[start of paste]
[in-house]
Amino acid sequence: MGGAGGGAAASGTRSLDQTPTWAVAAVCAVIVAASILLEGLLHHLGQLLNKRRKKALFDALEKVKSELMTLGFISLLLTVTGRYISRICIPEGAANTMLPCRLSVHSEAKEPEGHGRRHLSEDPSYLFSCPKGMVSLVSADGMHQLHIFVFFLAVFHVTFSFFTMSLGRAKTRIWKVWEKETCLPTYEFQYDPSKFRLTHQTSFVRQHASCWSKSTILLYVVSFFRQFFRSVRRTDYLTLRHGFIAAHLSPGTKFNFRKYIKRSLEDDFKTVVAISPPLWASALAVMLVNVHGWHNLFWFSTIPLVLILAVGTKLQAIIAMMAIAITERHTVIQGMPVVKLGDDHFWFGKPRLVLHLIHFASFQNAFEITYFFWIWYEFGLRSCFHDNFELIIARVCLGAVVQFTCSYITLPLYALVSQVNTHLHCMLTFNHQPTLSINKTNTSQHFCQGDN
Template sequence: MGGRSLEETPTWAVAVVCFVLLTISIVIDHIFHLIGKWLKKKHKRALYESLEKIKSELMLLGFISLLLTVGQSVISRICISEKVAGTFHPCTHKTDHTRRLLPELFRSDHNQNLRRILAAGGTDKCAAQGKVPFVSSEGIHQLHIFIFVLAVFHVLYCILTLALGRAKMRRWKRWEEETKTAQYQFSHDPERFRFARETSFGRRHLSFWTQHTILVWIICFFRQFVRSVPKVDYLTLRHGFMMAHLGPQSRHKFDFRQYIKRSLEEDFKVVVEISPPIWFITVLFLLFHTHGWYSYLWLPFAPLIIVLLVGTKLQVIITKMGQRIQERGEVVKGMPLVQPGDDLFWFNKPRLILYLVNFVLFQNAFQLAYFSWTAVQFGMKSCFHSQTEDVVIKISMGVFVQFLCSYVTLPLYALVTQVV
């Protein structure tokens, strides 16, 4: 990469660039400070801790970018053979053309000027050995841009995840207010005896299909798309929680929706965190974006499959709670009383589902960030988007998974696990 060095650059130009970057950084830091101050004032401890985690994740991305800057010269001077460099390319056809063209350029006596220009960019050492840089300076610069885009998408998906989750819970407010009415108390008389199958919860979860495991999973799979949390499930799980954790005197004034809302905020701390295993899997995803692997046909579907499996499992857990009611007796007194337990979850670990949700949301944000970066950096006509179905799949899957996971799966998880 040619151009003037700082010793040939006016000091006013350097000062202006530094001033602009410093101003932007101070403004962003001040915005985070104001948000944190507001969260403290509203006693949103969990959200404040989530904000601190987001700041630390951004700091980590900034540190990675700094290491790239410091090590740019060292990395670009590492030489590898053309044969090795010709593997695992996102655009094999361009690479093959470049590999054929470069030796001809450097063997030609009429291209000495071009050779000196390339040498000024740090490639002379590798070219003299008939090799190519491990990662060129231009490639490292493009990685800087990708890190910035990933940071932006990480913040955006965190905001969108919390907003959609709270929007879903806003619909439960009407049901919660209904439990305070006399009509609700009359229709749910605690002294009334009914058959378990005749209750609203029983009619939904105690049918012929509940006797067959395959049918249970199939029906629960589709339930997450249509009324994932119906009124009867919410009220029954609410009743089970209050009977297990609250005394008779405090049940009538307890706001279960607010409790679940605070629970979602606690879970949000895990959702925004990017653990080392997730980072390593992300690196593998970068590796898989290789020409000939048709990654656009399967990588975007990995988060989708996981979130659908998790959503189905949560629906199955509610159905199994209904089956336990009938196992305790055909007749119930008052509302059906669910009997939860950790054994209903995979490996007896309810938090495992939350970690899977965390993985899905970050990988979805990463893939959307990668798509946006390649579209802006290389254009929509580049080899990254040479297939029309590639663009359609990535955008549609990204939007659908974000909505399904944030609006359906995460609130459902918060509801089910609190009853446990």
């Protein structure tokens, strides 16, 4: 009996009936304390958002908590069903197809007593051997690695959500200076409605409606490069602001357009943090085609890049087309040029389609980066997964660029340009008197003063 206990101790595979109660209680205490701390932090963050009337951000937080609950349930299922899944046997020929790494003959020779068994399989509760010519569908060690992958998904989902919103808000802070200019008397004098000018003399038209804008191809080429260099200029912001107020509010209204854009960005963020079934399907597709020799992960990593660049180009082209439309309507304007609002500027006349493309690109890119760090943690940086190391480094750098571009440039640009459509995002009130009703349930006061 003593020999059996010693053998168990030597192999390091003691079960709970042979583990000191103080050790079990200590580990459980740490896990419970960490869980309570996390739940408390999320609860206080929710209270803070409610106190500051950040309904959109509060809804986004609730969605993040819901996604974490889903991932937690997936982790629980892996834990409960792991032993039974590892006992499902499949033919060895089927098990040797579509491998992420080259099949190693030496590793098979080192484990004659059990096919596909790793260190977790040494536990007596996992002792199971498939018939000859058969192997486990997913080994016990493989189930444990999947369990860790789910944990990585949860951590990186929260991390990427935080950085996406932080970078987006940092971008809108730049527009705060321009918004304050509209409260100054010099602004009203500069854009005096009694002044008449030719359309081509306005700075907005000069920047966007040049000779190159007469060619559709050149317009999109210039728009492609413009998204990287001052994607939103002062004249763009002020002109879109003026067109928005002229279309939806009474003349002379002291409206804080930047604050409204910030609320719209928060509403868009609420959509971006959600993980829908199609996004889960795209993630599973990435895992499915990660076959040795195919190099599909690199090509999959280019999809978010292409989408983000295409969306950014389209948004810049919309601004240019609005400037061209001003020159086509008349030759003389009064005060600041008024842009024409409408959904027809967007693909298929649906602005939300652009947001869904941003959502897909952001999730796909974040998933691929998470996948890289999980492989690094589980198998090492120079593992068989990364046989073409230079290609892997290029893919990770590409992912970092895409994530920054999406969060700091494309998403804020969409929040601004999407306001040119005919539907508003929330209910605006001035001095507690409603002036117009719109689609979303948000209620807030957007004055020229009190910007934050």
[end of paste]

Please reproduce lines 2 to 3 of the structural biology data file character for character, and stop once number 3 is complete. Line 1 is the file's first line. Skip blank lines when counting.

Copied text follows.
Amino acid sequence: MGGAGGGAAASGTRSLDQTPTWAVAAVCAVIVAASILLEGLLHHLGQLLNKRRKKALFDALEKVKSELMTLGFISLLLTVTGRYISRICIPEGAANTMLPCRLSVHSEAKEPEGHGRRHLSEDPSYLFSCPKGMVSLVSADGMHQLHIFVFFLAVFHVTFSFFTMSLGRAKTRIWKVWEKETCLPTYEFQYDPSKFRLTHQTSFVRQHASCWSKSTILLYVVSFFRQFFRSVRRTDYLTLRHGFIAAHLSPGTKFNFRKYIKRSLEDDFKTVVAISPPLWASALAVMLVNVHGWHNLFWFSTIPLVLILAVGTKLQAIIAMMAIAITERHTVIQGMPVVKLGDDHFWFGKPRLVLHLIHFASFQNAFEITYFFWIWYEFGLRSCFHDNFELIIARVCLGAVVQFTCSYITLPLYALVSQVNTHLHCMLTFNHQPTLSINKTNTSQHFCQGDN
Template sequence: MGGRSLEETPTWAVAVVCFVLLTISIVIDHIFHLIGKWLKKKHKRALYESLEKIKSELMLLGFISLLLTVGQSVISRICISEKVAGTFHPCTHKTDHTRRLLPELFRSDHNQNLRRILAAGGTDKCAAQGKVPFVSSEGIHQLHIFIFVLAVFHVLYCILTLALGRAKMRRWKRWEEETKTAQYQFSHDPERFRFARETSFGRRHLSFWTQHTILVWIICFFRQFVRSVPKVDYLTLRHGFMMAHLGPQSRHKFDFRQYIKRSLEEDFKVVVEISPPIWFITVLFLLFHTHGWYSYLWLPFAPLIIVLLVGTKLQVIITKMGQRIQERGEVVKGMPLVQPGDDLFWFNKPRLILYLVNFVLFQNAFQLAYFSWTAVQFGMKSCFHSQTEDVVIKISMGVFVQFLCSYVTLPLYALVTQVV